Gain new benefits by improving your old command-line tools with updated alternatives.

In our daily use of Linux/Unix systems, we use many command-line tools to complete our work and to understand and manage our systems—tools like du to monitor disk utilization and top to show system resources. Some of these tools have existed for a long time. For example, top was first released in 1984, while du’s first release dates to 1971.

Over the years, these tools have been modernized and ported to different systems, but, in general, they still follow their original idea, look, and feel.

These are great tools and essential to many system administrators’ workflows. However, in recent years, the open source community has developed alternative tools that offer additional benefits. Some are just eye candy, but others greatly improve usability, making them a great choice to use on modern systems. These include the following five alternatives to the standard Linux command-line tools.

1. ncdu as a replacement for du

The NCurses Disk Usage (ncdu) tool provides similar results to du but in a curses-based, interactive interface that focuses on the directories that consume most of your disk space.

ncdu spends some time analyzing the disk, then displays the results sorted by your most used directories or files.

You can use that to drill down into the directories and find which files are consuming the most disk space. Return to the previous directory by using the Left arrow key. By default, you can delete files with ncdu by pressing the d key, and it asks for confirmation before deleting a file. If you want to disable this behavior to prevent accidents, use the -r option for read-only access: ncdu -r.

2. htop as a replacement for top

htop is an interactive process viewer similar to top but that provides a nicer user experience out of the box. By default, htop displays the same metrics as top in a pleasant and colorful display.

In addition, htop provides system overview information at the top and a command bar at the bottom to trigger commands using the function keys, and you can customize it by pressing F2 to enter the setup screen. In setup, you can change its colors, add or remove metrics, or change display options for the overview bar.

While you can configure recent versions of top to achieve similar results, htop provides saner default configurations, which makes it a nice and easy to use process viewer.

3. tldr as a replacement for man

The tldr command-line tool displays simplified command utilization information, mostly including examples. It works as a client for the community tldr pages project.

This tool is not a replacement for man. The man pages are still the canonical and complete source of information for many tools. However, in some cases, man is too much. Sometimes you don’t need all that information about a command; you’re just trying to remember the basic options.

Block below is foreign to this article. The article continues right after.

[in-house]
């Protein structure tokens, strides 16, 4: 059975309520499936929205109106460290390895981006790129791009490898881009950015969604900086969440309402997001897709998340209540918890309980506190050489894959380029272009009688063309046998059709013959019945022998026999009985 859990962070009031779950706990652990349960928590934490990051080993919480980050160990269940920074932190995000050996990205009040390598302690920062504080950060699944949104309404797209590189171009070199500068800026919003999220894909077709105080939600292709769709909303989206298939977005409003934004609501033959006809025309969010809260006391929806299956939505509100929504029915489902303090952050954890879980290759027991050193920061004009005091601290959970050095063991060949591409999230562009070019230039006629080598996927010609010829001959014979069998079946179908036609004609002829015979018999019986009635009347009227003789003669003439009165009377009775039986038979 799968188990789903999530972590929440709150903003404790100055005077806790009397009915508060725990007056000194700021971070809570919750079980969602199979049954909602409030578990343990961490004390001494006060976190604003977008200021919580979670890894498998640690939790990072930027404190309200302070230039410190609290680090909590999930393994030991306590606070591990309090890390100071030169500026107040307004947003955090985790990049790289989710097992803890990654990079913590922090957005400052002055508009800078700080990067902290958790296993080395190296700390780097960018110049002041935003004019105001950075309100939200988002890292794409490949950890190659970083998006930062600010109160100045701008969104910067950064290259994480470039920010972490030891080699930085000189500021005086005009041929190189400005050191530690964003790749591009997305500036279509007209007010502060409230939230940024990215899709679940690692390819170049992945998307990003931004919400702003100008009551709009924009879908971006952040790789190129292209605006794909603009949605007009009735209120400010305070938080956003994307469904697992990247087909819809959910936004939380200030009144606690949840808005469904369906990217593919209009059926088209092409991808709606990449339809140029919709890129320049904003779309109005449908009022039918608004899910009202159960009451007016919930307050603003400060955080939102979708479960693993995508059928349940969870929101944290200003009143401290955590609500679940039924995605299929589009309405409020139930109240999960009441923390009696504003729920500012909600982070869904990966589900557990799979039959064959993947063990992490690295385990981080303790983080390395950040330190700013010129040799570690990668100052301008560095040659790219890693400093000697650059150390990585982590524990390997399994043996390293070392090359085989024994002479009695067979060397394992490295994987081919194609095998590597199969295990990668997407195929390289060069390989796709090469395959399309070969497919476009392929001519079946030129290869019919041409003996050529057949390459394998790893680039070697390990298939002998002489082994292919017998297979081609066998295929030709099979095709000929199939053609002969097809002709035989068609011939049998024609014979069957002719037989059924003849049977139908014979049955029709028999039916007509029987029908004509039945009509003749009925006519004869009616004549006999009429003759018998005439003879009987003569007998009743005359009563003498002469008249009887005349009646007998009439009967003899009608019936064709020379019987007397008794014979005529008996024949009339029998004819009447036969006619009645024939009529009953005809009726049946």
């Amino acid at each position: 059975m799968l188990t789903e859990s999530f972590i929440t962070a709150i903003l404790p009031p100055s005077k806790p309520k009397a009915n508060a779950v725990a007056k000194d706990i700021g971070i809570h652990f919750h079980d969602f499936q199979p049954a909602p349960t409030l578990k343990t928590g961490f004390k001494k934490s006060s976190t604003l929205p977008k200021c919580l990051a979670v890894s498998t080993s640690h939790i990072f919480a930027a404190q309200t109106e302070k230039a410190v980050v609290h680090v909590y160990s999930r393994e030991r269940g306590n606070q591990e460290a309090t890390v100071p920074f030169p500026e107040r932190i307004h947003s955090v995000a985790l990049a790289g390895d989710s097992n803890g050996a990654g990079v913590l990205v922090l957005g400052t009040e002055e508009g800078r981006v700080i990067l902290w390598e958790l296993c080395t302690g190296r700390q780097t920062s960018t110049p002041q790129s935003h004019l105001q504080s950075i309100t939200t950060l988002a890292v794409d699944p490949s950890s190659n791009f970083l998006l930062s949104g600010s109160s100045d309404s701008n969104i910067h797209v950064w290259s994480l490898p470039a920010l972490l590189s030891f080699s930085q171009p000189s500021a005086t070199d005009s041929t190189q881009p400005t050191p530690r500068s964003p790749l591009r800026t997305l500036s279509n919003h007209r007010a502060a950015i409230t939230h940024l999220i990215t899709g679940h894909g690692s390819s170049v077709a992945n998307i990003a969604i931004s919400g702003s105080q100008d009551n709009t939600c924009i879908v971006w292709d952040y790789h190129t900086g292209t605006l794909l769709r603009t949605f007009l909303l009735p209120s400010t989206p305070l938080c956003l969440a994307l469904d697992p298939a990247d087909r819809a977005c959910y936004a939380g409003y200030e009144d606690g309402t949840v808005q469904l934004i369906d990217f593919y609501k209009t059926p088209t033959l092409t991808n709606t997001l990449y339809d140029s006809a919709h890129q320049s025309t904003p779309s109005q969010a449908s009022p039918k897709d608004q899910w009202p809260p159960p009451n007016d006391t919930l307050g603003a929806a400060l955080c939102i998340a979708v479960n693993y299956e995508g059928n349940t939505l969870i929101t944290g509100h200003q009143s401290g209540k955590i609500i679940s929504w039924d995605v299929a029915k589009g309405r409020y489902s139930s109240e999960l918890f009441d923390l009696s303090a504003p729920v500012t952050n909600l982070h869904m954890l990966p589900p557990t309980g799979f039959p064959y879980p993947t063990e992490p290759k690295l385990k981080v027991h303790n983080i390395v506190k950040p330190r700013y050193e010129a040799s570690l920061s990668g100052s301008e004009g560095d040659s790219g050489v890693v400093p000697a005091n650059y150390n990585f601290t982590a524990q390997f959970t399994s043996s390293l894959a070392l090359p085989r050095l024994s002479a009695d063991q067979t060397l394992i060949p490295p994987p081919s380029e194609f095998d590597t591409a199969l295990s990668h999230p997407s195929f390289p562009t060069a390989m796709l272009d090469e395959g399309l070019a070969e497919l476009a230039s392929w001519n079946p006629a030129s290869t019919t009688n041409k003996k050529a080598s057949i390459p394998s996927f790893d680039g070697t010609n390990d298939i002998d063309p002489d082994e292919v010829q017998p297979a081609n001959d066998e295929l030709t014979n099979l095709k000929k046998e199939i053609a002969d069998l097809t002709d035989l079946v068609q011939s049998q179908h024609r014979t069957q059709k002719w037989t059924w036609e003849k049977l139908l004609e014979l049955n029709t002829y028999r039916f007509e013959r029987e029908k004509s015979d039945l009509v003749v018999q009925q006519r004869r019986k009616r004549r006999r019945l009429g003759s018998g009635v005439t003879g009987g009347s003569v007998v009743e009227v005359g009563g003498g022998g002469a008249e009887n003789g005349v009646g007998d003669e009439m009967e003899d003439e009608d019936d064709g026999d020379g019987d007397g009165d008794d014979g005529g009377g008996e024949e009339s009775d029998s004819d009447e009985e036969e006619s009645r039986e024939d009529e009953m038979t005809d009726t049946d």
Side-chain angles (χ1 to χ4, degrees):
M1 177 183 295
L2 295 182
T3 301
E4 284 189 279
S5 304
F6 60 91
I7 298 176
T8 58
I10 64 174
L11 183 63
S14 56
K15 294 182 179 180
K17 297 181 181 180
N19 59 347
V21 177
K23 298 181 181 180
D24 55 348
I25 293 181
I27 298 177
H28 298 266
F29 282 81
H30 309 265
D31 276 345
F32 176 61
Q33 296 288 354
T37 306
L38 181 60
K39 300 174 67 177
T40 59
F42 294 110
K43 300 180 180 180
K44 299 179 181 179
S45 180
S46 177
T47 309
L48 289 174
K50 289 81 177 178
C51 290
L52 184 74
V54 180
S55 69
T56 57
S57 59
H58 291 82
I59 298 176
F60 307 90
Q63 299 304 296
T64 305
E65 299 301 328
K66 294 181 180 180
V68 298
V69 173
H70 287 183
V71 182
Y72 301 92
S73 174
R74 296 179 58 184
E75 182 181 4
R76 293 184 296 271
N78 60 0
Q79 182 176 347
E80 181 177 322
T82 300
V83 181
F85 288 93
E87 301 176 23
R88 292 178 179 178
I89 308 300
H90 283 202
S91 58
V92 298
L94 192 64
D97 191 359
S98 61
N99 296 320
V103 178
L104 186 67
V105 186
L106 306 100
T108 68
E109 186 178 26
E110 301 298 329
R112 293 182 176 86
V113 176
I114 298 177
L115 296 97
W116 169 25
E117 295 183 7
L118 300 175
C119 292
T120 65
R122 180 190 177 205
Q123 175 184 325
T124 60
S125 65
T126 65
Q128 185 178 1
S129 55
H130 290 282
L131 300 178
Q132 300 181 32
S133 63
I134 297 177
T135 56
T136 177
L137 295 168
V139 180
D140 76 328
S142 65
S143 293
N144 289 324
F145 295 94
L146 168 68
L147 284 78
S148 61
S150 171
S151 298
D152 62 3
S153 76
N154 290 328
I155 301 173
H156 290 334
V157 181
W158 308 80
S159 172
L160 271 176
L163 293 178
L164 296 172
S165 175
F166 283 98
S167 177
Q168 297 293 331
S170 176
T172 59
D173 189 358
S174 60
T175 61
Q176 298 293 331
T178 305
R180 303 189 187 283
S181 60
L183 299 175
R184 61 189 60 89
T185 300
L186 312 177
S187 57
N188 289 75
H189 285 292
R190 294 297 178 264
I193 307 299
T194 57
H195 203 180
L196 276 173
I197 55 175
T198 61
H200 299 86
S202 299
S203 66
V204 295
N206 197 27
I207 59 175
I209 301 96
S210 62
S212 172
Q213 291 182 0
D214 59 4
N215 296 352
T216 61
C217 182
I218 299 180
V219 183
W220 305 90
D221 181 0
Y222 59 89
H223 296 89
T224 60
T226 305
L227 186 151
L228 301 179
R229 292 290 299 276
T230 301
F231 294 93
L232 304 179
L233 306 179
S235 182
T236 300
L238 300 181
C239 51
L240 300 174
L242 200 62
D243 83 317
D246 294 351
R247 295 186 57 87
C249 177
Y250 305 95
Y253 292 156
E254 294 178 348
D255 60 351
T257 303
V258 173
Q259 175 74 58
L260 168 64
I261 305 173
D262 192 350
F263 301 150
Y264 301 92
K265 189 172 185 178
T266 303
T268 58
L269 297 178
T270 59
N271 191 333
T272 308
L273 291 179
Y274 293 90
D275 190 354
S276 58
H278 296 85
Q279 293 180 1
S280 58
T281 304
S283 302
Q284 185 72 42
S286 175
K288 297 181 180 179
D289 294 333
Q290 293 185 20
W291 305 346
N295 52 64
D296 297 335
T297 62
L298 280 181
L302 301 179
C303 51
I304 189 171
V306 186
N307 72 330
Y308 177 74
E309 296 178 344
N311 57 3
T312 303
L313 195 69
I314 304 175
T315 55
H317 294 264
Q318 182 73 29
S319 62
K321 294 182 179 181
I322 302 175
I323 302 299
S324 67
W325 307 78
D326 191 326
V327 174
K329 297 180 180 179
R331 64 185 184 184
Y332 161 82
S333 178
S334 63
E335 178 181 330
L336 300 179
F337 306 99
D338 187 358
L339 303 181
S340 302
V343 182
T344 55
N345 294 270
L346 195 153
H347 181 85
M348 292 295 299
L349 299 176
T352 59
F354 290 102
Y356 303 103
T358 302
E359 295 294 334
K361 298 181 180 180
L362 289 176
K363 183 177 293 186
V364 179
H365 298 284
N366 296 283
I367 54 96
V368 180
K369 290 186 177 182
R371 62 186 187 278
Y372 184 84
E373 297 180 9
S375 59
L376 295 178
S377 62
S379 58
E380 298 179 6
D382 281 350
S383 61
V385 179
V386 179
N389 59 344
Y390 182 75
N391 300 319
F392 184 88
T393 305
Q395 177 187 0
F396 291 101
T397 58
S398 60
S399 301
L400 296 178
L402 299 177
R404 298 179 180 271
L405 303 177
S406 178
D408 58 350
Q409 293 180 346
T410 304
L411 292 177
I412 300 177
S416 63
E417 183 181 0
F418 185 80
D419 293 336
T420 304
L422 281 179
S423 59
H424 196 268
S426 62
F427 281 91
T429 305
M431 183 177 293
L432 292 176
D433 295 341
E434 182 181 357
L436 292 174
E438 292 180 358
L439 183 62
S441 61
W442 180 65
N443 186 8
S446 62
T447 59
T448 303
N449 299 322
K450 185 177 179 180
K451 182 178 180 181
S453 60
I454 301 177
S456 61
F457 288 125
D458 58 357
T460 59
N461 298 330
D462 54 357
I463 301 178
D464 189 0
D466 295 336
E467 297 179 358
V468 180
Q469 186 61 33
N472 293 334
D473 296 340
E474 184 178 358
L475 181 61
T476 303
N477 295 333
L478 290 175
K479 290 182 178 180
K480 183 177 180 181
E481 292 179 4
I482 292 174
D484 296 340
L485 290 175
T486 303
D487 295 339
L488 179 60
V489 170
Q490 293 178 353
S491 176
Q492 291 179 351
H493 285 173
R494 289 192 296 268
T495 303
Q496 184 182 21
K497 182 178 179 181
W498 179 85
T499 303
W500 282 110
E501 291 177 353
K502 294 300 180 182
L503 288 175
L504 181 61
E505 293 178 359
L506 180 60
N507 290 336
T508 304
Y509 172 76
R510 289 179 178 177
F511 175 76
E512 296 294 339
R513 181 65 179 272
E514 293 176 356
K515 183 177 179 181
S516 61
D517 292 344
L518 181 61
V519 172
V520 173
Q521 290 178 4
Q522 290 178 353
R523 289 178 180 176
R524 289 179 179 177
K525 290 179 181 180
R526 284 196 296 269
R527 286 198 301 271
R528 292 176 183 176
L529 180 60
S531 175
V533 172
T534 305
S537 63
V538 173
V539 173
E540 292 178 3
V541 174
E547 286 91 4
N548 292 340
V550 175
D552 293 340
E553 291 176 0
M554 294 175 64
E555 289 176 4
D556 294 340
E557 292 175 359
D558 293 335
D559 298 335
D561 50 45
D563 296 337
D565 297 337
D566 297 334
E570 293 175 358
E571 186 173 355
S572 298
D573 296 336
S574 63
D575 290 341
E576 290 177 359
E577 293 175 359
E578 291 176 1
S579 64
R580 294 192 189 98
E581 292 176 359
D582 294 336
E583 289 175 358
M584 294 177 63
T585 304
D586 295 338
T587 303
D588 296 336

TLDR stands for “too long; didn’t read,” which is internet slang for a summary of long text. The name is appropriate for this tool because man pages, while useful, are sometimes just too long. In Fedora, the tldr client was written in Python. You can install it using dnf. For other client options, consult the tldr pages project.

In general, the tldr tool requires access to the internet to consult the tldr pages. The Python client in Fedora allows you to download and cache these pages for offline access.

4. jq as a replacement for sed/grep for JSON

jq is a command-line JSON processor. It’s like sed or grep but specifically designed to deal with JSON data. If you’re a developer or system administrator who uses JSON in your daily tasks, this is an essential tool in your toolbox.

The main benefit of jq over generic text-processing tools like grep and sed is that it understands the JSON data structure, allowing you to create complex queries with a single expression.

5. fd as a replacement for find

fd is a simple and fast alternative to the find command. It does not aim to replace the complete functionality find provides; instead, it provides some sane defaults that help a lot in certain scenarios.

For example, when searching for source-code files in a directory that contains a Git repository, fd automatically excludes hidden files and directories, including the .git directory, as well as ignoring patterns from the .gitignore file. In general, it provides faster searches with more relevant results on the first try. By default, fd runs a case-insensitive pattern search in the current directory with colored output. The same search using find requires you to provide additional command-line parameters.

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